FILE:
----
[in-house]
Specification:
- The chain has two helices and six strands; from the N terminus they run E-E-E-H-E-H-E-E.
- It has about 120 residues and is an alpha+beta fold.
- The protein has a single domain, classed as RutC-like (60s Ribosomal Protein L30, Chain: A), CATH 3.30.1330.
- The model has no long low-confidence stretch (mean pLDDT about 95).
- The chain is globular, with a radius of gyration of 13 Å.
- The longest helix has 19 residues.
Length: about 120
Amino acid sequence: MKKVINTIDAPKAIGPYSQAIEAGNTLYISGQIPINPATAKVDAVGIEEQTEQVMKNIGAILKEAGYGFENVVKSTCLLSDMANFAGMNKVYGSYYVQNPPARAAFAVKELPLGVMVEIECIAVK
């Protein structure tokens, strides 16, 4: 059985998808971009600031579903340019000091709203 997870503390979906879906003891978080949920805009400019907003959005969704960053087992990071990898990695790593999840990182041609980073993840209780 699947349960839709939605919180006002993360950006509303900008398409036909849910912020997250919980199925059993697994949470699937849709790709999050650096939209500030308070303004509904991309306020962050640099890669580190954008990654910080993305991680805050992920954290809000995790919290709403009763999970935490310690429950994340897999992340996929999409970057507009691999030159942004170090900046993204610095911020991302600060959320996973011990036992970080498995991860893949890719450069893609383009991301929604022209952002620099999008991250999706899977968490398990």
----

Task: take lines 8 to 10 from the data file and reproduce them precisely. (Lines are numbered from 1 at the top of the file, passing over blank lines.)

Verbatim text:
- The longest helix has 19 residues.
Length: about 120
Amino acid sequence: MKKVINTIDAPKAIGPYSQAIEAGNTLYISGQIPINPATAKVDAVGIEEQTEQVMKNIGAILKEAGYGFENVVKSTCLLSDMANFAGMNKVYGSYYVQNPPARAAFAVKELPLGVMVEIECIAVK